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CD reviews

Jan Dismas ZELENKA (1679 - 1745): Masses

[I] Missa Sancti Josephi (ZWV 14)
Julia Lezhneva, soprano; Daniel Taylor, alto; Tilman Lichdi, tenor; Jonathan Sells, bass
Kammerchor Stuttgart; Barockorchester Stuttgart
Dir: Frieder Bernius
rec: April 16 - 18, 2018, Reutlingen-Gönningen, Evangelische Kirche
Carus - 83.279 (© 2018) (57'51")
Liner-notes: E (abridged)/D; lyrics - translations: E/D
Cover, track-list & booklet

De profundis (ZWV 50); In exitu Israel (ZWV 84); Missa Sancti Josephi (ZWV 14)

[KS] Henriette Autenrieth, Sandra Bernius, Clémence Boullu, Katharina Eberl*, Carolin Franke, Aline Wilhelmy, soprano; Elke Rutz, contralto; Friedemann Engelbert, Erik Eschweiler, Adam Schilling, Ulrich Weller*, Timothy Wong, alto; David Geier, Jo Holzwarth*, Oliver Kringel, Tobias Mäthger, Klemens Mölkner, Berthold Schindler, tenor; Sönke Tams Freier*, Johannes Hill, Mathis Koch*, Adolph Seidel, Marcus Stäbler, bass (*solo)
[BS] Susanne Kaiser, Christian Prader, transverse flute; Susanne Regel, Susanne Kohnen, oboe; Frank Forst, bassoon; Thomas Hauschild, Ursula Dummer, horn; Paul Bosworth, Peter Mankarious, trumpet; Martin Jopp, Stefanie Irgang, Dietlind Mayer, Annette Schäfer-Teuffel, Claudia Schneider, Margret Baumgartl, Christina Eychmüller, Miriam Risch-Graulich, Helmut Winkel, violin; Annette Schmidt, Thomas Gehring, Andreas Gerhardus, viola; Juris Teichmanis, Stefan Kraut, cello; Tobias Lampelzammer, double bass; Bernward Lohr, organ; Peter Hartmann, timpani

[II] Missa Omnium Sanctorum (ZWV 21)
Carlotta Colombo, soprano; Filippo Mineccia, alto; Cyril Auvity, tenor; Lukas Zeman, bass
Dir: Ruben Jais
rec: Sept 7 - 9, 2018, Milan, Auditorium di Milano
Glossa - GCD 924103 (© 2019) (50'16")
Liner-notes: E/D/F/I; lyrics - translations: E
Cover & track-list

[ripienists] Alessandra Gardini, Caterina Iora, Valentina Vitolo, soprano; Isabella Di Pietro, Nausicaa Nisati, contralto; Matteo Pigato, alto; Luca Della Casa, Mamo Lombardi, Roberto Rilievi, tenor; Marco Bordini, Guglielmo Buonsanti*, Dario Pettenon, bass (* solo)
Nicola Barbagli, Federica Inzoli, oboe; Annamaria Barbaglia, bassoon; Gianfranco Ricci, Ulrike Slowik, Yayoi Masuda, Jody Livo, Rossella Borsoni, Sara Meloni, Gemma Longoni, Jeremiei Chigioni, violin; Jamiang Santi, Zeno Scattolin, Massimo Percivaldi, viola; Nicola Brovelli, Anna Camporini, cello; Carlo Sgarro, double bass; Davide Pozzi, organ


In the first half of the 18th century, Dresden was one of the main centres of music in the German-speaking world, and even in Europe at large. The chapel had some of the best performing musicians in its ranks, some of whom came also to prominence as composers. One of them was the Bohemian-born Jan Dismas Zelenka, who played the double bass in the orchestra. He also was responsible for the composition of music for the Catholic liturgy, especially when the Kapellmeister, Johann David Heinichen, suffered from illness. From 1719 to Heinichen's death in 1729, Zelenka acted as his substitute, and he continued the composition of sacred music when Johann Adolf Hasse was appointed Heinichen's successor in 1730.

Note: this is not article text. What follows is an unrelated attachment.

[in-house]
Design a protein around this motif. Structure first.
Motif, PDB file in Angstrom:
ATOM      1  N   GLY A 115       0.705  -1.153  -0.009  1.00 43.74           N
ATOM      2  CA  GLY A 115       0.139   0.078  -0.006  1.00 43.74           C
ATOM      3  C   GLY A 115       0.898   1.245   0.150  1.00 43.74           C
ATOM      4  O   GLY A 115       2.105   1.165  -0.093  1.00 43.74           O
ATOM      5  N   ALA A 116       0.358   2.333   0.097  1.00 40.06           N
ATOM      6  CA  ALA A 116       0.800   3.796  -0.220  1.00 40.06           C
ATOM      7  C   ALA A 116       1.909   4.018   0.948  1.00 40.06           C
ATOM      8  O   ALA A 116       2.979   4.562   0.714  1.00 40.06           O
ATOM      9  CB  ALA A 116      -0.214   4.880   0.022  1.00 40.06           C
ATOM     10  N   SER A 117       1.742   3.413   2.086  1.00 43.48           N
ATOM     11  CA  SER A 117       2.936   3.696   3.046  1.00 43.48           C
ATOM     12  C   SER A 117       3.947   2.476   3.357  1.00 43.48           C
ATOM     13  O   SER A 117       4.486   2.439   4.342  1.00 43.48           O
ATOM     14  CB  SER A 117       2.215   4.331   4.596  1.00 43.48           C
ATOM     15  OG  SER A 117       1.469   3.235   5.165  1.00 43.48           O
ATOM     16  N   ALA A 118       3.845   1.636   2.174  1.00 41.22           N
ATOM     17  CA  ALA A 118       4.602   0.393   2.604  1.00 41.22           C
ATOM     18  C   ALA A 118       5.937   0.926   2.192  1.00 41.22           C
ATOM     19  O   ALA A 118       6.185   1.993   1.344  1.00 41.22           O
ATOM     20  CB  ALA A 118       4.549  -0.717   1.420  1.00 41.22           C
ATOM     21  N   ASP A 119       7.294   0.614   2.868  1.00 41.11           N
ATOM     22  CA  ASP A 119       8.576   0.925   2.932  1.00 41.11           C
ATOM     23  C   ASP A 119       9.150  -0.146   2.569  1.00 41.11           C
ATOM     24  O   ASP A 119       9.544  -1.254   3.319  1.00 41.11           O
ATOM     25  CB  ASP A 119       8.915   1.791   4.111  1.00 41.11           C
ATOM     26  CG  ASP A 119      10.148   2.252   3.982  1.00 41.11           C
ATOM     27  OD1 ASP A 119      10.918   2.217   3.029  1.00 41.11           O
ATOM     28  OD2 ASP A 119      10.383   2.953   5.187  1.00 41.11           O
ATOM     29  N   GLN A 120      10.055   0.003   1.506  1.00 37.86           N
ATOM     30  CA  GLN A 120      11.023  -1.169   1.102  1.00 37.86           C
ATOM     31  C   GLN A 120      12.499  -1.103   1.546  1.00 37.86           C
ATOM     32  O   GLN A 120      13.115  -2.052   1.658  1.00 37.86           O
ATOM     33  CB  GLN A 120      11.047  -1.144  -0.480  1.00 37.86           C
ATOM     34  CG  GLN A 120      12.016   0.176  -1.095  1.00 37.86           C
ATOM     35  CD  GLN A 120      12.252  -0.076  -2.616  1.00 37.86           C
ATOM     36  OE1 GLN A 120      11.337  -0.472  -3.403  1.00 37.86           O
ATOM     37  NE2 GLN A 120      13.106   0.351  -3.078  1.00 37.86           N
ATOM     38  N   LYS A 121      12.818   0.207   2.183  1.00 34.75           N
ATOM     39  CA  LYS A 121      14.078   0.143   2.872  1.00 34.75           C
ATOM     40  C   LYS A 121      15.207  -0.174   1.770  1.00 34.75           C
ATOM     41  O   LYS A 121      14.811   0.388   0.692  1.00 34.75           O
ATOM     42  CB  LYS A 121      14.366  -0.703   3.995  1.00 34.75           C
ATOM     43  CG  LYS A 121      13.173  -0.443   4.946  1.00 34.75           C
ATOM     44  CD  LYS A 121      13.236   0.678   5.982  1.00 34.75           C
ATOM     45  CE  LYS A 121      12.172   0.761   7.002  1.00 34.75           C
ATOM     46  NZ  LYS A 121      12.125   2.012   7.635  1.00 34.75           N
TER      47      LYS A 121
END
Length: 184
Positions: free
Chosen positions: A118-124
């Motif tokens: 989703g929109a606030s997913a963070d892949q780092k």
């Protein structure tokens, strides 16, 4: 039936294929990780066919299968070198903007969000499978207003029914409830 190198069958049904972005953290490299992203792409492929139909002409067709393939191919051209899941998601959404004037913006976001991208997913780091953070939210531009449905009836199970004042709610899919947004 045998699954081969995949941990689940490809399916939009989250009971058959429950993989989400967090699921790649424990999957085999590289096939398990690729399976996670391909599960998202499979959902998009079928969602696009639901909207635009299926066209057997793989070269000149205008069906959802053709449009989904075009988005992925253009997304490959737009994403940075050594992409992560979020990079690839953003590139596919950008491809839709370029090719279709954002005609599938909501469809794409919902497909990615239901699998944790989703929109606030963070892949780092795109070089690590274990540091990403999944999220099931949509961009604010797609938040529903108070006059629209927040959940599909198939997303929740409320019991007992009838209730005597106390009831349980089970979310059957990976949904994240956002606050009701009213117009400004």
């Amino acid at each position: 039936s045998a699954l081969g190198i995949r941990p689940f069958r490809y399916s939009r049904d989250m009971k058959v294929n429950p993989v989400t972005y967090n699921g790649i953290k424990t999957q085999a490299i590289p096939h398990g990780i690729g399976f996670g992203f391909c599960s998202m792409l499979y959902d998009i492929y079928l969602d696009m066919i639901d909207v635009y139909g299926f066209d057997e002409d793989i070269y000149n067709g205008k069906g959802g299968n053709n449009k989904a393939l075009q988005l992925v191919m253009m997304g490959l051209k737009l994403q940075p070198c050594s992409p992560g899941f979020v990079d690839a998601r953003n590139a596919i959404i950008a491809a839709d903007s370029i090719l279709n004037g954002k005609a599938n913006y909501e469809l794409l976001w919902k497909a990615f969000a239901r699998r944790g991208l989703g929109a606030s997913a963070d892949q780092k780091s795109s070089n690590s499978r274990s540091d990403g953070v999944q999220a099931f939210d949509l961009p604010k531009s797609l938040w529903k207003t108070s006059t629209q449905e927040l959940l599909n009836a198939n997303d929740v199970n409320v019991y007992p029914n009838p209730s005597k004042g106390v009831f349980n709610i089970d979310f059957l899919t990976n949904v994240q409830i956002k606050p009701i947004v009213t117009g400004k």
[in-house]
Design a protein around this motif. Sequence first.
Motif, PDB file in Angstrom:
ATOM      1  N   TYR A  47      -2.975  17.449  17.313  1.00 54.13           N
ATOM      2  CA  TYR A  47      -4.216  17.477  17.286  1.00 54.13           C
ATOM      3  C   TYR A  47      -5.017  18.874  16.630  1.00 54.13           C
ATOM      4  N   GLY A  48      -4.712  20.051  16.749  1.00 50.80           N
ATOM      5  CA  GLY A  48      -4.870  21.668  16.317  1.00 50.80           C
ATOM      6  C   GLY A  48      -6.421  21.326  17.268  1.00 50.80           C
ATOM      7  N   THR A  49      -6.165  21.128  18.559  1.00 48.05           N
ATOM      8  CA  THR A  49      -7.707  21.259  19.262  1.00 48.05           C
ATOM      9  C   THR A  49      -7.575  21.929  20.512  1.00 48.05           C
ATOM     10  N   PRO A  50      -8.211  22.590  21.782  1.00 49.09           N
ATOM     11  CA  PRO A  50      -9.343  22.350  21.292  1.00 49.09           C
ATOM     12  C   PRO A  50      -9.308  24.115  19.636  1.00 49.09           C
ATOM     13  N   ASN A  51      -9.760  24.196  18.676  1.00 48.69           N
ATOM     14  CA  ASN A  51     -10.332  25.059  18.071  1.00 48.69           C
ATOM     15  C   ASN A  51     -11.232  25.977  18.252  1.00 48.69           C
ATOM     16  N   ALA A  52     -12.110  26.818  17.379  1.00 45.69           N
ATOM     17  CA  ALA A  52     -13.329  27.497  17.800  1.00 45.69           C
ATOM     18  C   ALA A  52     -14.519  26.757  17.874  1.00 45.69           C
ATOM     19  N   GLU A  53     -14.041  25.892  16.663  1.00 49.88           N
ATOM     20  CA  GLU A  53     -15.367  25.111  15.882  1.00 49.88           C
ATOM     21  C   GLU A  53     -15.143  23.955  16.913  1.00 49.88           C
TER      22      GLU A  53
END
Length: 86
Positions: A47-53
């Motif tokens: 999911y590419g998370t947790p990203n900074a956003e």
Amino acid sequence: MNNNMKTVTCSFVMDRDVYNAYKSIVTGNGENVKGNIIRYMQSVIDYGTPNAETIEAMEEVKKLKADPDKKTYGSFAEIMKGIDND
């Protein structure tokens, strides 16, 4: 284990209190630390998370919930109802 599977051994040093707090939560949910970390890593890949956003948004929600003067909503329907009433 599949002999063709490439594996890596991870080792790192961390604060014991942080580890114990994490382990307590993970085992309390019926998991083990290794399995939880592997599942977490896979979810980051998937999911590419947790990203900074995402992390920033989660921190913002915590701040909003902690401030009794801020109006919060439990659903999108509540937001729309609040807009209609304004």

Zelenka has left a large corpus of sacred music, in which masses take an important place. He wrote twenty of such works, the first in 1711, and the last in 1741, the Missa Omnium Sanctorum, which is the subject of the second disc reviewed here. Zelenka's masses have fared rather well on disc, but unfortunately it is mostly his latest masses which are regularly performed and recorded. The earlier masses have received much less attention, and therefore the release of a recording of his Missa Sancti Josephi is of great importance. The manuscript of this work has been severely damaged during the bombing of Dresden in February 1745. Wolfgang Horn, who also wrote the liner-notes to the recording under the direction of Frieder Bernius, was able to restore the score and edited it for the Carus Verlag. This means that this mass is now available for performance across the world, and one has to hope that it will find its way to choirs outside Germany.

Zelenka's masses are different in the number of sections: some comprise all five sections (Kyrie, Gloria, Credo, Sanctus & Benedictus, Agnus Dei), but others consist of only Kyrie and Gloria (a so-called missa brevis) and there are also some masses which omit the Credo. That is also the case with the Missa Sancti Josephi, which was probably written for St Joseph's Day on 19 March 1732 and was performed on the name day of the Saxon princess Maria Josepha. The scoring is for four voices (soli and tutti), with an additional bass in a section of the Gloria (Et in terra pax), and a large orchestra of two transverse flutes, two oboes, bassoon, two horns, two trumpets, two violins, two violas, double bass and basso continuo. Like many masses of the time - including Johann Sebastian Bach's Mass in b minor - it is a sequence of sections for tutti and for one or more solo voices. The solo sections are sometimes clearly separated from the tutti, such as 'Quoniam tu solus sanctus' (Gloria) for soprano, but are mostly intertwined with the tutti episodes. That is the case with the Kyrie: Kyrie I includes short solo interventions of soprano and alto. The Christe is for choir, and so is the very short Kyrie II. The solo passages are often for quartet, but there is also a duet of alto and tenor and a trio of soprano, alto and bass. In "Et in terra pax" (Gloria), the word "pax" (peace) is singled out through homophony and a general pause. In 'Qui tollis peccata mundi' (Gloria) the word "suscipe" (receive [our prayer]) is emphased through repetition. In the Benedictus the text is illustrated through ascending figures. For the Dona nobis pacem, Zelenka returns to the first Kyrie.